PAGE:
[Dixielandjazz] ARTIE SHAW REDUX

Charles Suhor csuhor at zebra.net
Sun Jan 9 10:49:55 PST 2005

I like the 1954 sides--Hank Jones is one of the great accompanists and 
solists--but the early Gramercy 5 sides sparkled with the freshness of 
something new happening, with everybody in great creative form as well. 
The '54 sides have all the maturity and seasoning that Ratliff writes 
about, but for me, the groundbreaking, throw-your-hat-in-the-air joy of 
the early sides is a more rare jazz experience.


Charlie Suhor

On Jan 9, 2005, at 9:45 AM, Steve barbone wrote:

> Posted w/o comment.
> Cheers,
> Steve Barbone
> A Brilliant Farewell to Jazz
> Artie Shaw
> I once heard Bob Weir of the Grateful Dead insist, a little 
> defensively,
> that great artists don't retire. He's almost right, of course. The
> clarinetist Artie Shaw, who died on Dec. 30 at the age of 94, quit band
> leading in 1954 at the top of his game. In his life he did many things:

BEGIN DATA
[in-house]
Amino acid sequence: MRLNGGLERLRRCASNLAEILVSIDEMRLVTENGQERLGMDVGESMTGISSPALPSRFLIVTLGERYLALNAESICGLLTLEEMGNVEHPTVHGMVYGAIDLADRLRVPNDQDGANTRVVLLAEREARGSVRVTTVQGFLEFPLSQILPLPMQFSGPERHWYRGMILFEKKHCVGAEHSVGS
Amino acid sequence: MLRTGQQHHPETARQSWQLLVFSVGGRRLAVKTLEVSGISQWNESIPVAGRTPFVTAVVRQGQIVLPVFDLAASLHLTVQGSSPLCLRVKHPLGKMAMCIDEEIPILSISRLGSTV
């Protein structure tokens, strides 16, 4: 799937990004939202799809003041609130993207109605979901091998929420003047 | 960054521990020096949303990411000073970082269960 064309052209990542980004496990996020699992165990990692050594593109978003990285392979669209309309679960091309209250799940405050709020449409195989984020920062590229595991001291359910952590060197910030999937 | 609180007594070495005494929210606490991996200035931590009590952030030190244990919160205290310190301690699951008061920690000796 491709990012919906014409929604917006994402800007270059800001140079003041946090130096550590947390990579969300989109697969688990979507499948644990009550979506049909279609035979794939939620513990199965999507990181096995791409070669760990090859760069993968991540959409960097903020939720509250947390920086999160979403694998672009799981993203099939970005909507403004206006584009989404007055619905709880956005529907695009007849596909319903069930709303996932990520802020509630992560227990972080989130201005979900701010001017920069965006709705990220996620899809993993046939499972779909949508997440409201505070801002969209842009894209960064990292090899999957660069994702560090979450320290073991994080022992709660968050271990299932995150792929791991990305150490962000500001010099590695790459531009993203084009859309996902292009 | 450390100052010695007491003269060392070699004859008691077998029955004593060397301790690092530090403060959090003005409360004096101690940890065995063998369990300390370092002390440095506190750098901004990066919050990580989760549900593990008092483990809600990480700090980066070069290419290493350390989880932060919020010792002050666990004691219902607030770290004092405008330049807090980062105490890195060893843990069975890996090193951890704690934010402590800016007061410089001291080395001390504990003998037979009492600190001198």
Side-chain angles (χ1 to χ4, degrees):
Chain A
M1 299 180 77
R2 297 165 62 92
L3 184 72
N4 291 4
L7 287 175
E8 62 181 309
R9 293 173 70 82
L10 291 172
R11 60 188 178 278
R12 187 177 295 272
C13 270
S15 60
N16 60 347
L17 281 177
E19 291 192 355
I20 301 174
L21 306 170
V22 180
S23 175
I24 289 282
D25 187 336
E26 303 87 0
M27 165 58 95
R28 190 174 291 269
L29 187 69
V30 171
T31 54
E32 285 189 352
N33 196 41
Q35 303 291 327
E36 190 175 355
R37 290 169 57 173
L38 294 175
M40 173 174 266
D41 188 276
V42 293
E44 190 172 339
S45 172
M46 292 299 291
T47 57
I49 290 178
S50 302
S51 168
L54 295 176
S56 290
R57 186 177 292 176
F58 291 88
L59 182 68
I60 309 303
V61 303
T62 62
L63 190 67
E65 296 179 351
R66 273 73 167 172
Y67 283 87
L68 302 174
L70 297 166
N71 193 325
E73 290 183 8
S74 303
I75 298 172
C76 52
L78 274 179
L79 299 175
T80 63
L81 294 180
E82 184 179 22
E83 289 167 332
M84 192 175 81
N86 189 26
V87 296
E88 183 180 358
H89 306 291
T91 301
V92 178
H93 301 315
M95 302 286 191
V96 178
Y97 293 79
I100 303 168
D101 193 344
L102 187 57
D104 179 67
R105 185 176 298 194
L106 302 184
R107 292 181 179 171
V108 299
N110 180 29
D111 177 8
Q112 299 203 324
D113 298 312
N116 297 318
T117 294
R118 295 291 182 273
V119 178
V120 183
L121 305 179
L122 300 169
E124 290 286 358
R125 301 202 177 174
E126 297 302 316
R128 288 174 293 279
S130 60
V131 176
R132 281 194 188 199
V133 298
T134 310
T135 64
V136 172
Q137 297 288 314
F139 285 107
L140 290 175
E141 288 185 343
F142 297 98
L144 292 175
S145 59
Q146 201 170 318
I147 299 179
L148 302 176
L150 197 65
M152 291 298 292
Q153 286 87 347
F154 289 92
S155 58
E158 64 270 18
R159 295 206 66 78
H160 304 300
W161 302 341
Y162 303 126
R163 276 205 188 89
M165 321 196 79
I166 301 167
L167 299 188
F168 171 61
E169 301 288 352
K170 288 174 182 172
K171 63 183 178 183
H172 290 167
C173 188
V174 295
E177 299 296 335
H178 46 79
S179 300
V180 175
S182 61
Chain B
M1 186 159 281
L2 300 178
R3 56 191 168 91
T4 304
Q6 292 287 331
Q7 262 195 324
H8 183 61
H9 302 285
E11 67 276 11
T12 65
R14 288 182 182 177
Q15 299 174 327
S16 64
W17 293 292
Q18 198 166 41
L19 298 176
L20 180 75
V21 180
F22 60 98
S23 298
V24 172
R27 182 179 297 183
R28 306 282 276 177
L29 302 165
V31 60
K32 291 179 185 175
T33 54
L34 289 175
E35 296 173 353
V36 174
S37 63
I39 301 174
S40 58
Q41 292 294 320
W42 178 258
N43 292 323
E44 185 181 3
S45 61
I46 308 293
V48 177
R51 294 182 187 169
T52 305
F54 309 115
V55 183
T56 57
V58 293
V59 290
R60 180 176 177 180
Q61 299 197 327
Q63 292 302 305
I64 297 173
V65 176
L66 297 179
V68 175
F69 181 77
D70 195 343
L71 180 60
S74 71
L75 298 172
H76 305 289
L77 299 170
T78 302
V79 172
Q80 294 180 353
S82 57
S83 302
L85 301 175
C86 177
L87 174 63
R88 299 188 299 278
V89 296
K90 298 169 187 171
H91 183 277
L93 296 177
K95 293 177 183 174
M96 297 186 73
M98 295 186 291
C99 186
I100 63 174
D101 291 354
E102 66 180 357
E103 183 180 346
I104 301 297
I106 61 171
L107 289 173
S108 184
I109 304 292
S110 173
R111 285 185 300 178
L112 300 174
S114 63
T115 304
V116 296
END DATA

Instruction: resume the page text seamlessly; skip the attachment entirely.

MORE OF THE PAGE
> created robust Americana with big-band hits like "Begin the Beguine" 
> and
> "Frenesi"; experimented with piano-less jazz as early as 1936; 
> legitimized
> himself over and over again by playing classical repertory; wrote 
> about his
> own work with a kind of Olympian insecurity; married Ava Gardner and 
> Lana
> Turner. But the final recordings of his Gramercy Five sextet, from 
> 1954, are
> especially worth seeking out, whatever trouble it causes you. (A 
> selection
> of 15 are included on "Self Portrait," the five-disc retrospective 
> that Shaw
> himself conceived in 2001; if copies still exist, search for "The Last
> Recordings: Rare and Unreleased," an out-of-print two-CD set, on the
> Musicmasters label.) Including Hank Jones on piano, Tal Farlow on 
> guitar and
> Tommy Potter on bass, they are careful, clear, probing works of group
> effort, those magic confluences of talent and risk that are supposed to
> happen in jazz all the time, but don't, really. Two tracks in 
> particular,
> "Yesterdays" and "Bewitched, Bothered and Bewildered," played quietly, 
> are
> works of supreme insight, as much Hank Jones's perfect moments as 
> Shaw's.
> Only someone who had made art at this level could dismiss jazz after 
> 1954,
> as Shaw once did, as "esoteric and hate-filled."
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